In the top-left corner is a caption, of which hardly a single letter can be seen.

Lying on a bed, Queen Triśalā is full of joy about her new pregnancy and is talking to a servant. The text opposite describes the richness of the decoration of her bedroom and her bed. That night, ‘half awake, half asleep’, she has 14 dreams, depicted on the next folio.

The text earlier tells how Hariṇaigameṣin, commander-in-chief of Śakra, lord of the gods, has transplanted the embryo that will develop into Mahāvīra into Triśalā’s womb. He has taken it from Devānandā, the brahmin woman who first became pregnant with the future Jina. This is because Jinas cannot be born of a brahmin mother. Triśalā is a member of the kśatriya caste.

Other visual elements

The bottom of the right margin contains the number 21. This is the folio number, in a square with two blue lines as an ornamental motif.

The original paper is slightly damaged. But, as with many Kalpa-sūtra manuscripts, there is a clear intention to make the manuscript a valuable and remarkable object in itself. This aim is signalled by the:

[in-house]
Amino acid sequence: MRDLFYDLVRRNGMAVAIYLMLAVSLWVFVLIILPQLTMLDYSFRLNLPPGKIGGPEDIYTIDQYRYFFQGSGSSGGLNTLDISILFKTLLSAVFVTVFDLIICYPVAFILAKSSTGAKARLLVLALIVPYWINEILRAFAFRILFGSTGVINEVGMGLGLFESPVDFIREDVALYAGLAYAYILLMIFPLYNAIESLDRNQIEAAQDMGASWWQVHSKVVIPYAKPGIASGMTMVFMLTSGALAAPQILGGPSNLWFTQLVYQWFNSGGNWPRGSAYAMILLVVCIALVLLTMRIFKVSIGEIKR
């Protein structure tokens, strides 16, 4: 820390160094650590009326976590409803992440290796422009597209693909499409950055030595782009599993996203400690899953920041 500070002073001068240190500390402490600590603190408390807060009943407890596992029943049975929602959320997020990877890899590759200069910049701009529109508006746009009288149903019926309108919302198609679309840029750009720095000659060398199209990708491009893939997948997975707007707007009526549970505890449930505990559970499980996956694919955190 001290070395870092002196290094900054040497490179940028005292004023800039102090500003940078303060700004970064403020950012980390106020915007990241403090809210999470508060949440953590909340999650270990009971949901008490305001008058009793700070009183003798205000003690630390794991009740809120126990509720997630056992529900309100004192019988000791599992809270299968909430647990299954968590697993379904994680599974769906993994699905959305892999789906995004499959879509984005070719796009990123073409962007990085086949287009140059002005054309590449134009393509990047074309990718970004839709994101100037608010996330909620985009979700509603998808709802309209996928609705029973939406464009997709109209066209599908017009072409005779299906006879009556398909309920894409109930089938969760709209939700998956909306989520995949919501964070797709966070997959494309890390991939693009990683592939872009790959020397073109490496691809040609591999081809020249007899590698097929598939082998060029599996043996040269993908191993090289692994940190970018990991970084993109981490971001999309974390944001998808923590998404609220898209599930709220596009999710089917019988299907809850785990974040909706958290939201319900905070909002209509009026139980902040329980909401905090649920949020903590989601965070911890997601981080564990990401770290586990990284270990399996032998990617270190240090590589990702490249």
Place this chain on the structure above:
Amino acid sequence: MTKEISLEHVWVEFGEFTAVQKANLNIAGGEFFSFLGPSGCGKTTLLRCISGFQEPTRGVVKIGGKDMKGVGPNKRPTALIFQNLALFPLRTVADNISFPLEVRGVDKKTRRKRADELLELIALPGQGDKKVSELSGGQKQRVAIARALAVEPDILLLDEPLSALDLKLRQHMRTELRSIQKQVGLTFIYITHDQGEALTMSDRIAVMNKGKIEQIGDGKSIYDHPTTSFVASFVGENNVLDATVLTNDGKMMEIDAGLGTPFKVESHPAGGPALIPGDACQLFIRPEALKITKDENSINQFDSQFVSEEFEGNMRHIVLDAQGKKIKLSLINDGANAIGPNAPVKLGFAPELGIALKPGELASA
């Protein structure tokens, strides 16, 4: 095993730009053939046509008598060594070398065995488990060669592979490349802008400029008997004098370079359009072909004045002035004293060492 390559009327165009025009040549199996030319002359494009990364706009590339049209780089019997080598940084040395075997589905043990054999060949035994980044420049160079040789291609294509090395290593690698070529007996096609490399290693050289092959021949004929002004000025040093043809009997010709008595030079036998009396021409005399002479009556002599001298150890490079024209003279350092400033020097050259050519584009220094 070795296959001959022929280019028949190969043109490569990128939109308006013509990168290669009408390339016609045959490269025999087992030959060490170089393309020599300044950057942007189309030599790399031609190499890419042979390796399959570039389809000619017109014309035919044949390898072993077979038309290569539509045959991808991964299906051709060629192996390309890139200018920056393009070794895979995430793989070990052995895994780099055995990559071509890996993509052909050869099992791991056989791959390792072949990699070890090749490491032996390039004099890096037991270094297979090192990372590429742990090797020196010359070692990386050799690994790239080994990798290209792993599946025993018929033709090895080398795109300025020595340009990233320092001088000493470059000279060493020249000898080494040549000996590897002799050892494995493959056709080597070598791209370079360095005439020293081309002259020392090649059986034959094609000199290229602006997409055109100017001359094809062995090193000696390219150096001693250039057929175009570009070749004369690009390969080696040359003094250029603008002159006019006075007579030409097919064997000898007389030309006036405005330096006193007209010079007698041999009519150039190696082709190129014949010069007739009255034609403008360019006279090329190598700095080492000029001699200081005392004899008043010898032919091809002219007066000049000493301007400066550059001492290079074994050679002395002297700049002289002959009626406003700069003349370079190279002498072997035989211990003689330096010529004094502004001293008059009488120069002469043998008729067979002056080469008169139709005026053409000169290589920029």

• coloured background for the text
  • gold ink instead of the standard black ink
  • decorated border with blue floral motifs
  • three diamonds filled with gold ink, with arrow-like blue lines and surrounding blue border as ornamental motifs.

The three diamonds along the central horizontal plane are symbolic reminders of the way in which manuscripts were bound when they were on palm leaf. Strings through holes in the paper were used to thread together the loose folios so the reader could turn them over easily. The diamonds are in the places where the holes would once have been.